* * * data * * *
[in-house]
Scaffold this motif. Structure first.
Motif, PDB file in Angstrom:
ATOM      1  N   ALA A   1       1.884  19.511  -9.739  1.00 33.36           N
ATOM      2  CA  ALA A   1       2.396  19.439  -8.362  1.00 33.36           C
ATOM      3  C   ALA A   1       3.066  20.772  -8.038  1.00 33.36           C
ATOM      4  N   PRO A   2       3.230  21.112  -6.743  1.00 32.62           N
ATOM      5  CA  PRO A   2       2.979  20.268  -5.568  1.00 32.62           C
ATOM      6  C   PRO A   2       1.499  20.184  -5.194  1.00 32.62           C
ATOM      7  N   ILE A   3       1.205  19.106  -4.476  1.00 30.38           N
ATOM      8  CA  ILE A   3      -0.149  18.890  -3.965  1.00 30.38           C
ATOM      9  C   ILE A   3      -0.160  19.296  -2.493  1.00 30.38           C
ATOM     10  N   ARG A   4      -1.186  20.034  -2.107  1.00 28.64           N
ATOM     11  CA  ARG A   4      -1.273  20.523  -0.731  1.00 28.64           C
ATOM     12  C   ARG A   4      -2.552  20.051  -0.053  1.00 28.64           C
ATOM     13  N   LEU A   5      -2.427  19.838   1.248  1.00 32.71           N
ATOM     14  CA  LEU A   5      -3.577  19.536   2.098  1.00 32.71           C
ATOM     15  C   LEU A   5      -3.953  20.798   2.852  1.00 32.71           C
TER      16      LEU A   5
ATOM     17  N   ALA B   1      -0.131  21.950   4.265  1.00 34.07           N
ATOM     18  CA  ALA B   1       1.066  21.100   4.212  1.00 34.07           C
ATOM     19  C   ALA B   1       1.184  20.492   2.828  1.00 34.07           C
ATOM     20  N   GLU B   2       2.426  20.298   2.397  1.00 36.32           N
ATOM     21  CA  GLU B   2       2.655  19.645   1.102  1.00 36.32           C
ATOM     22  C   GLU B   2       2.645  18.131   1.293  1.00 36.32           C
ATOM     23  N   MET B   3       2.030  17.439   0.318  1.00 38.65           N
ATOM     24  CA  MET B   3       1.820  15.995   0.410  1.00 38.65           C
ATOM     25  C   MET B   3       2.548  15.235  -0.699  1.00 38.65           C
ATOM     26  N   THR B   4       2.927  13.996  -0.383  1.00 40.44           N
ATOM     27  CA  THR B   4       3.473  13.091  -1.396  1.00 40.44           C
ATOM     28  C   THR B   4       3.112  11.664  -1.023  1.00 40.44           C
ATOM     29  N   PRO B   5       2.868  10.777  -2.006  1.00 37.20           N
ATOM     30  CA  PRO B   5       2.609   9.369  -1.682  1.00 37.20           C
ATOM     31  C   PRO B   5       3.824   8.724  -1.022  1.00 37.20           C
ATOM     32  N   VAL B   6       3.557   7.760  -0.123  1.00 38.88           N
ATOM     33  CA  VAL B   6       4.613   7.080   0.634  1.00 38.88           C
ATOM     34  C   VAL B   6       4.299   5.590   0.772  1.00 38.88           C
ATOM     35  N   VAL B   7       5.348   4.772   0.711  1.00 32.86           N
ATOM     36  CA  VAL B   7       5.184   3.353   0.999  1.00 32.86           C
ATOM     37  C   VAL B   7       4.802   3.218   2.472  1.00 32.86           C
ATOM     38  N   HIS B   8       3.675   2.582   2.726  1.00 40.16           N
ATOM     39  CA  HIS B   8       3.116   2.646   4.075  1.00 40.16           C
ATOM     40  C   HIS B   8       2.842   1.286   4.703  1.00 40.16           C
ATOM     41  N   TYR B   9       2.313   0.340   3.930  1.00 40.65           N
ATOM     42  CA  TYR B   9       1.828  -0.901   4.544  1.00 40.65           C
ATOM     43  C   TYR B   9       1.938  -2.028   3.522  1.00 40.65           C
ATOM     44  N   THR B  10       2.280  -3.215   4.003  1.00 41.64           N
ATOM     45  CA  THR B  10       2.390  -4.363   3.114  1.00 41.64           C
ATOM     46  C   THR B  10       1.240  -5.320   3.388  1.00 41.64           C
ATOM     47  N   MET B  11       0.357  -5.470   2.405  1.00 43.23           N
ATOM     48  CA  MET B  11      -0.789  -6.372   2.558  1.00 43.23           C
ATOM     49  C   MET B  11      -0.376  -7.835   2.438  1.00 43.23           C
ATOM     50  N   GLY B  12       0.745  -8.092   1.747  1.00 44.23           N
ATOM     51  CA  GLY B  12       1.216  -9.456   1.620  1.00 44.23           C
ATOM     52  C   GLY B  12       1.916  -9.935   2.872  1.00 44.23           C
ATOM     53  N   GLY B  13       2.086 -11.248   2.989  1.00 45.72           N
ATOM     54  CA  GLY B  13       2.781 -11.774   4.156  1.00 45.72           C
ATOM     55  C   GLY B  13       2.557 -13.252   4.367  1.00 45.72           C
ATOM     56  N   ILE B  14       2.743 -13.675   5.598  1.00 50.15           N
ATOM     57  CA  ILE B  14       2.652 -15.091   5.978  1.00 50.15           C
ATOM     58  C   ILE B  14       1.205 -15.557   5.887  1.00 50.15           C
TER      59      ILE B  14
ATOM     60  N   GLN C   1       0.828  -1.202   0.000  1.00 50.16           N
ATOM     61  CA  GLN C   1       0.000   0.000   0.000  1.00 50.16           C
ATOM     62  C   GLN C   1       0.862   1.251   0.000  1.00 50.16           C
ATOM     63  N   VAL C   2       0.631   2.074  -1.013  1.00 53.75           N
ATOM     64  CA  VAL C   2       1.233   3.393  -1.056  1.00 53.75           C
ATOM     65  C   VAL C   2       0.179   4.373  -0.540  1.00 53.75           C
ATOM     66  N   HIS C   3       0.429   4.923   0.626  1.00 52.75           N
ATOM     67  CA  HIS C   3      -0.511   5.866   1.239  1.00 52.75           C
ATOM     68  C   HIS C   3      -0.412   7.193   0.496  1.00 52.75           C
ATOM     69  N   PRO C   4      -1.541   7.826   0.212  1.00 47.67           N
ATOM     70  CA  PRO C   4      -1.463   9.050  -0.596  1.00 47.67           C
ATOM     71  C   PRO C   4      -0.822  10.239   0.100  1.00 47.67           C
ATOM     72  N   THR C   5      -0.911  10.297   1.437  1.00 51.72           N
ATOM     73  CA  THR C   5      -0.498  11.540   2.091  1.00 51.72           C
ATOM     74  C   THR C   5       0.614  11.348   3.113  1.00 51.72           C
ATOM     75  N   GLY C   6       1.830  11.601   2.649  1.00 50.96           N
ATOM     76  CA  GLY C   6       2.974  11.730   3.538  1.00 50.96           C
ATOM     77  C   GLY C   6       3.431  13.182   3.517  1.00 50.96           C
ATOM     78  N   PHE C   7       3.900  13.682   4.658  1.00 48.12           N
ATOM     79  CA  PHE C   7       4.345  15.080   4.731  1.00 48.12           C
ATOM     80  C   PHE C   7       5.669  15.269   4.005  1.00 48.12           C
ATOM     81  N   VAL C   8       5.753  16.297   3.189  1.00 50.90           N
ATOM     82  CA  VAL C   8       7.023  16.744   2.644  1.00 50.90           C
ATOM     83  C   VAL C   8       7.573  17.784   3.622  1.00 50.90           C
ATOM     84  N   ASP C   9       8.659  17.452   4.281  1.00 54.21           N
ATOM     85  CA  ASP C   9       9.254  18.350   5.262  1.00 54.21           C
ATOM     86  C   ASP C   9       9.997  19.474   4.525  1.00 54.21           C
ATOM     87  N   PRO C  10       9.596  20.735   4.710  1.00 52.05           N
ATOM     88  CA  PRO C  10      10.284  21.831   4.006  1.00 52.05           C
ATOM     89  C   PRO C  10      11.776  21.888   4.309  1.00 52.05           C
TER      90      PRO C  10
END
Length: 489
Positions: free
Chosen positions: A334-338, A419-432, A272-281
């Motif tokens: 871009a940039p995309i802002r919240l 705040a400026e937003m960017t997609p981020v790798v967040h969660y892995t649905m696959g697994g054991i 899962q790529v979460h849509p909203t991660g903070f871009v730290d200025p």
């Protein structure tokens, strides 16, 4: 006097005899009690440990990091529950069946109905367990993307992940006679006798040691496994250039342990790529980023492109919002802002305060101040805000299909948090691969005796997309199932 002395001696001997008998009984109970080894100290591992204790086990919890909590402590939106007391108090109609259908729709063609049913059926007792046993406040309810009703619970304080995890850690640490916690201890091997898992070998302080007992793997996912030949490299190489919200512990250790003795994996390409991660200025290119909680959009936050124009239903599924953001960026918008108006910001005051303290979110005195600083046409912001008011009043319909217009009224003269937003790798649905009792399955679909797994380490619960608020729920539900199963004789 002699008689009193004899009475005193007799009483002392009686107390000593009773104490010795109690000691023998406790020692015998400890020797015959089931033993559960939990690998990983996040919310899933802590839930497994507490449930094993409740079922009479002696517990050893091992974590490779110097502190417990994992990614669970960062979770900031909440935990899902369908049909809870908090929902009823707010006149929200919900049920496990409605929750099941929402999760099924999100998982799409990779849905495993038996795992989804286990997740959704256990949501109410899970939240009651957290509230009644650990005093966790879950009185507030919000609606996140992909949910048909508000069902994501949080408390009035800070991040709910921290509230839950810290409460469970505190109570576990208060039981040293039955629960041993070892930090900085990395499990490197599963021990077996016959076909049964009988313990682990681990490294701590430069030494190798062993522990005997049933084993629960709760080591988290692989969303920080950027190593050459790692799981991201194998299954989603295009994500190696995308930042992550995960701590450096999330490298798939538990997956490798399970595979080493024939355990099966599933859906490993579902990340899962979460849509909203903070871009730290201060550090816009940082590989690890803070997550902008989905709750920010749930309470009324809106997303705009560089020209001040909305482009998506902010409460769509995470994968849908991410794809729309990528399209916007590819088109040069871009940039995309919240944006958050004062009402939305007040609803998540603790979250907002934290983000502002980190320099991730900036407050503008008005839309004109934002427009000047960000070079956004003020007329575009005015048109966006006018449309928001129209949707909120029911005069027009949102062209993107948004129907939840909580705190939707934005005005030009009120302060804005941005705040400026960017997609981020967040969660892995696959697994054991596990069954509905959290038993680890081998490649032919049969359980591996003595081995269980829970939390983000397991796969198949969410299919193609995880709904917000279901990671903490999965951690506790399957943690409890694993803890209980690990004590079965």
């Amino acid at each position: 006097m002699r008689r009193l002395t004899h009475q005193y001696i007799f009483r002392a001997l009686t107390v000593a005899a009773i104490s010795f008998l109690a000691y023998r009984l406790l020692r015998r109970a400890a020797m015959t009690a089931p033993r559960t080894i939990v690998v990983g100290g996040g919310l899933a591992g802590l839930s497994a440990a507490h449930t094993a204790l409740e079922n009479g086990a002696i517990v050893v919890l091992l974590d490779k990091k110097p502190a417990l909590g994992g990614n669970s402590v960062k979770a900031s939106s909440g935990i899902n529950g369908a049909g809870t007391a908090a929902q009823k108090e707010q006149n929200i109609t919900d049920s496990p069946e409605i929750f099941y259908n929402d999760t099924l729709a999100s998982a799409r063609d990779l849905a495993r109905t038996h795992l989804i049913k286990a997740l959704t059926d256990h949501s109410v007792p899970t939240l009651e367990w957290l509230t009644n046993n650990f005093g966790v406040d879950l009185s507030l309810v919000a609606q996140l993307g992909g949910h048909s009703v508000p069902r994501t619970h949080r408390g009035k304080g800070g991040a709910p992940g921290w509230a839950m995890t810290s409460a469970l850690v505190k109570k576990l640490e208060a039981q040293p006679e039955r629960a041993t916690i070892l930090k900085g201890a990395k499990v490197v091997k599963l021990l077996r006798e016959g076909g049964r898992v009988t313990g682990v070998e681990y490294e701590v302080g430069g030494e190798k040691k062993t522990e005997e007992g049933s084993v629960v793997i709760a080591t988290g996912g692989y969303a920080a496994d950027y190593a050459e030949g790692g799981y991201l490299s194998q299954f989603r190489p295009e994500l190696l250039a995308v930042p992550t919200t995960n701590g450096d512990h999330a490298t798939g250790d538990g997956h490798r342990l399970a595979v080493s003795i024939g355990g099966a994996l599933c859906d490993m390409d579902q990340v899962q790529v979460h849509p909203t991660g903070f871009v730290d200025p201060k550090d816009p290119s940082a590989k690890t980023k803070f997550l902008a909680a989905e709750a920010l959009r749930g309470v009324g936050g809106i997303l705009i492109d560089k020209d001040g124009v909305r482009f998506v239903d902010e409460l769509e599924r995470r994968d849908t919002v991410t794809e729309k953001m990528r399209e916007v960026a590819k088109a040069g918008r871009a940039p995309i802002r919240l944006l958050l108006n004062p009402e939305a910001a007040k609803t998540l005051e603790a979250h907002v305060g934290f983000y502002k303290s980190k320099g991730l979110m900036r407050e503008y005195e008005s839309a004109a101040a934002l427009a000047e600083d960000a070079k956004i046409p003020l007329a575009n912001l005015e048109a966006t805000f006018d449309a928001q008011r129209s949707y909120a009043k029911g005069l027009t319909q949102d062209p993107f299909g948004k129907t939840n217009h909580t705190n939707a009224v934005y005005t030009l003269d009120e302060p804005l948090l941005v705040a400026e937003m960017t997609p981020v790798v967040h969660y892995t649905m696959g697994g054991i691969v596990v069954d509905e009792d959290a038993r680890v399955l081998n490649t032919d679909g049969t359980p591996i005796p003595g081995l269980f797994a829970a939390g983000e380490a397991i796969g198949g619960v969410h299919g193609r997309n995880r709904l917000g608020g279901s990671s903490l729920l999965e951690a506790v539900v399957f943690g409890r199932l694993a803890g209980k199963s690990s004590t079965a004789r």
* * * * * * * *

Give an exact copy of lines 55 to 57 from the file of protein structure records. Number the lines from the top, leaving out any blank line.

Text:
ATOM     52  C   GLY B  12       1.916  -9.935   2.872  1.00 44.23           C
ATOM     53  N   GLY B  13       2.086 -11.248   2.989  1.00 45.72           N
ATOM     54  CA  GLY B  13       2.781 -11.774   4.156  1.00 45.72           C